Most devices that provide GPS tracking need to be in a clear, outdoor area for them to work well. Some devices are capable of using nearby WiFi signals to send location updates, which is an advantage over the models that can only use a mobile signal. See 12. Location tracking for more details if this feature is important to you.

3G vs 4G – what's the difference?

Personal alarm manufacturers would have you believe that 4G models are safer as they provide "better coverage." That's not true. 3G and 4G coverage is dependent on where telcos put their mobile towers.

The only difference in 3G vs, 4G is data transfer speeds. 4G has higher data transfer speeds and increases the amount of data that can be transferred at any given time. This means things like video calling will perform much better.

3G can already handle the small amount of data required to provide eg. live GPS updates. The amount of data that bounces between a personal alarm and the smartphone used to track it is so small, it won't really benefit from 4G.

3G network shutdown

This is where 3G can become a longer-term problem, as 3G services are planned to be disabled in future. Telstra says they will stop 3G services in 2024, but Optus has no planned dates announced...

There's no need to rush out and upgrade to a 4G unit if you already own a 3G one, but if you are looking for a new purchase you could consider a 4G enabled device. 4G are still being sold as "premium" models with a higher price tag, but they will go down over time. On the other hand, the battery capacity will deteriorate significantly within a few years so a more economical purchase used for 3 years might be a smart buy.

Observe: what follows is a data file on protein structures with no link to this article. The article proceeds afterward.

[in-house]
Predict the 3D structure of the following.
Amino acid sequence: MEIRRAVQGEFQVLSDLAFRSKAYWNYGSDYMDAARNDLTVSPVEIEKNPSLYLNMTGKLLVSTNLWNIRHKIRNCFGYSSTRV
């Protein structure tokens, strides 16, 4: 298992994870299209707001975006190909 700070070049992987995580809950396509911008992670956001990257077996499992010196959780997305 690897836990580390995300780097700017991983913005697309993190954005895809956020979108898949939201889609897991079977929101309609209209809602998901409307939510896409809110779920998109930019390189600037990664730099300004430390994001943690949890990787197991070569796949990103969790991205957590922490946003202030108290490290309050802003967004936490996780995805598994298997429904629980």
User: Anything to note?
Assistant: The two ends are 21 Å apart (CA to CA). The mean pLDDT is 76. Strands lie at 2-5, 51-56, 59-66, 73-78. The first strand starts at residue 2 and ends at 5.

Also consider a device that can be connected to alternative networks to Telstra, like Optus and/or Vodafone and check the specs to make sure it supports the required spectrum, instead of Telstra connectivity only.

Work everywhere

The (marketing) phrases: “Why have a personal alarm that only works at home when you can have one that works anytime, anywhere?” or “Our product works at home, when shopping, travelling or walking the dog at the park! It literally works everywhere”… are misleading.

Everywhere? Really? No limitations?

Mobile connected devices do have limitations, this is a common characteristic of wireless systems. They use electronic signals like GPS, 3/4G, WIFI, etc. which are not 100% of the time connected, and do not always work everywhere! Nor is any device designed or guaranteed to prevent any loss or injury...

Lower frequencies offering better coverage and penetration

Mobile networks have network coverage limitations. You often hear people say: “I have Telstra and I have 1 bar signal strength”. However, mobile networks have bands (named like B1/B2/B3/B28 etc), based on frequencies like 2100/1900/ 850MHz. So eg. The Telstra network is not just 1 Network but multiple ones. For more detail: Australia carrier network frequencies.